Imagine you’re trying to decide which of two candidates to hire. One has all of the requisite skills on their resume, but their interview was incredibly boring and it’s possible they’re actually a robot. The other also has the right skills, and you had a great time chatting with them, laughing multiple times, and getting to know them as a human. Who would you hire?
Unless you’re specifically looking for an android, you’re most likely going to pick the second one. Using humor in an interview is a great way to stand out, be memorable, and have fun during the challenging process that is a job search. Here are five ways to incorporate humor in your interview:
1. Talk to your hypeperson.
The first way to incorporate humor can take place before the interview even begins. Before your scheduled time, chat with a friend or family member who you enjoy talking to and who hypes you up about how awesome you are. These should be the people who tell you that your haircut looks amazing even though you know it’s the wrong look for you, not the people who still bring up that one time you spilled chocolate milk all over your pants in middle school. Your mindset going into a potentially challenging conversation can go a long way in how you perform, so make sure you’re in a positive state of mind.
Victor Borge said “the shortest distance between two people is a smile.” When we see someone smile, we are primed with mirror neurons in our brain to mirror that behavior. So if we smile, the interviewer is likely to smile, and we’ve started to build a human connection. Not only that, but research suggests that our body language can have a great impact on our mood, meaning we’ll be happier despite the stress of the situation. Plus no one wants to work with a curmudgeon and a smile says “no curmudgeoning here.”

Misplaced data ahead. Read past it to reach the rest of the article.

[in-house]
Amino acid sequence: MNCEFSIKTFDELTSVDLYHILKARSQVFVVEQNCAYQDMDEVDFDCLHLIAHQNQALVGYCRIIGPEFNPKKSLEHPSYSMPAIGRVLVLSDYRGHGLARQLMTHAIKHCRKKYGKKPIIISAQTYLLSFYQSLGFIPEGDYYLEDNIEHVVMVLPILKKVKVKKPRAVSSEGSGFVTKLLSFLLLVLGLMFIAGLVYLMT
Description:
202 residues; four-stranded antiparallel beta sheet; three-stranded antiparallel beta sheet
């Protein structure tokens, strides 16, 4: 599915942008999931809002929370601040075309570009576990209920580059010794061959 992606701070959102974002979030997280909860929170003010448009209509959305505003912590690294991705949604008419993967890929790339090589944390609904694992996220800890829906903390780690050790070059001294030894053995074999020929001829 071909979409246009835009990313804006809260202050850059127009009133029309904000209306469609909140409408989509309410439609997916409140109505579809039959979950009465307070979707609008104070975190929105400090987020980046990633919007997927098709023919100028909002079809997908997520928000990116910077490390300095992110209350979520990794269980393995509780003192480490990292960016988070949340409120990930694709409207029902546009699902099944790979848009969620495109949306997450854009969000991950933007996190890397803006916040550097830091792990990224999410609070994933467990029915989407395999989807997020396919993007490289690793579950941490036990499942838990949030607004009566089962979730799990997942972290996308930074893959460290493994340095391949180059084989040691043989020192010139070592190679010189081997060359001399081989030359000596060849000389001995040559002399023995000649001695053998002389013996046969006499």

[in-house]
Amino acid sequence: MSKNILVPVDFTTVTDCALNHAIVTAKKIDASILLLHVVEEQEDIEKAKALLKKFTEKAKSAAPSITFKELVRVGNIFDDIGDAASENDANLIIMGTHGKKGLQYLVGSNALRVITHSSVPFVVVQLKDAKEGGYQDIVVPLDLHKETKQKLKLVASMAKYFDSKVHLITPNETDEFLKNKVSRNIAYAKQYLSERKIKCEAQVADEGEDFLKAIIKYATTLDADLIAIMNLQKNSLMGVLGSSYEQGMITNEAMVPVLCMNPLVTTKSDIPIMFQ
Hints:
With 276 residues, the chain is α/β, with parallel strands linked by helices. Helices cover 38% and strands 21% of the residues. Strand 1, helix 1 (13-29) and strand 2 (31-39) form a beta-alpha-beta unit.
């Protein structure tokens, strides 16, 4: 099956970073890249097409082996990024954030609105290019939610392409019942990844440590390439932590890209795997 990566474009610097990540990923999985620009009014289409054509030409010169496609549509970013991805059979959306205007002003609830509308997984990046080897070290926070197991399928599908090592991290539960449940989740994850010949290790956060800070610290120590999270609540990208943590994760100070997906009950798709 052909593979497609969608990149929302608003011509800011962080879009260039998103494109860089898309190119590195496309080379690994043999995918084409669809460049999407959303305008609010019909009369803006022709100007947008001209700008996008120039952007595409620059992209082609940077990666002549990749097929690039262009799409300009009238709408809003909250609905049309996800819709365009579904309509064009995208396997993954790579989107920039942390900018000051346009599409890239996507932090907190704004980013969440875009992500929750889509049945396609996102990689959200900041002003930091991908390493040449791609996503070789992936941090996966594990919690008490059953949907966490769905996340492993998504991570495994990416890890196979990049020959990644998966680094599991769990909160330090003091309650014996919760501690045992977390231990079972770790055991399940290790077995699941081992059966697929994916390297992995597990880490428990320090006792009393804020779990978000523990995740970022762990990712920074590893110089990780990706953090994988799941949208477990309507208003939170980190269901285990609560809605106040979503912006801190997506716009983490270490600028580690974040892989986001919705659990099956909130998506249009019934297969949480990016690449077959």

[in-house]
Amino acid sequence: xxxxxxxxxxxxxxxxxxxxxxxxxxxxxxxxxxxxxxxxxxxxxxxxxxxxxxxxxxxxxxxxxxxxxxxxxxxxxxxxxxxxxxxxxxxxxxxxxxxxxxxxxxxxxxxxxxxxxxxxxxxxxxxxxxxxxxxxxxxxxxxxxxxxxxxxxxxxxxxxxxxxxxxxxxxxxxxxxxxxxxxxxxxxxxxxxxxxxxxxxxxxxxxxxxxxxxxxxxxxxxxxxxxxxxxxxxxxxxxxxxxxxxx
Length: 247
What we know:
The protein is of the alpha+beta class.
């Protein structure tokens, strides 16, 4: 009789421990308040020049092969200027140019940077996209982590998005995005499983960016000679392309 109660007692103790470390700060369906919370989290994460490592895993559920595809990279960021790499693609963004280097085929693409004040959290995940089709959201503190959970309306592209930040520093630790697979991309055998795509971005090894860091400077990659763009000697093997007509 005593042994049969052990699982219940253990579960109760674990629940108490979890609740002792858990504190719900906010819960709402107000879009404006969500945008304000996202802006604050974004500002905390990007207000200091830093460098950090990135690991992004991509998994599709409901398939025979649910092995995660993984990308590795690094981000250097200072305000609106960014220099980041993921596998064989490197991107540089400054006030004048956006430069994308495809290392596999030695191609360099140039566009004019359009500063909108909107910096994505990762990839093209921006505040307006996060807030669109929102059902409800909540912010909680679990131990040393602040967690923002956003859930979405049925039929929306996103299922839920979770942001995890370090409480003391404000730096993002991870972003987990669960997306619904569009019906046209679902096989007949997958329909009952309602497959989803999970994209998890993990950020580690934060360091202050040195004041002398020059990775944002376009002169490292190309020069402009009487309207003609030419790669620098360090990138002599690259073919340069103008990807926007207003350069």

3. Respond with stories.
Answer (some) questions with a story instead of just giving one or two-word responses. In those stories, share relatable details that give more color to the story and can serve as connecting points for the interviewer. Rather than just saying, “I worked at P&G as a project manager,” you can give more background. “I grew up in Cincinnati, home to the best ice cream on the planet, and always wanted to work at P&G. I went to Ohio State to get a degree in Computer Science & Engineering, and started working as a project manager after I graduated…” Now the interviewer can follow-up on strictly work subjects if they want, or they can ask about Cincinnati, amazing ice cream, or THE Ohio State University.
4. Ask culture questions.
People sometimes forget that an interview is just as much about you deciding if you want to work for that company as it is that company deciding if they want to hire you. You can better determine if the company is a place where you actually want to work by asking questions about their culture. A question like, “when was the last time you laughed at work” can help you gauge whether or not they have fun. An answer like, “Oh we laugh all the time, just this morning…” is a good sign. “Hmm, I accidentally laughed once back in 2012 because my phone headset tickled my cheek” is not.
5. Follow up with humor.
The job search process is not over once the interview ends. When following up, include a link to something funny that reminded you of the person or the company (make sure it’s positive humor). This provides value to the interviewer, helps to build the relationship, and says you’re not just communicating with them so that they help you get money (even if that is the only reason).
Humor can be a fantastic way to get better results while having more fun, and a job interview is a great time to use it. By using positive, appropriate humor, you’ll stand out from the boring candidates and show that you’re someone worth spending the work hours with.
Originally posted on Recruiter.com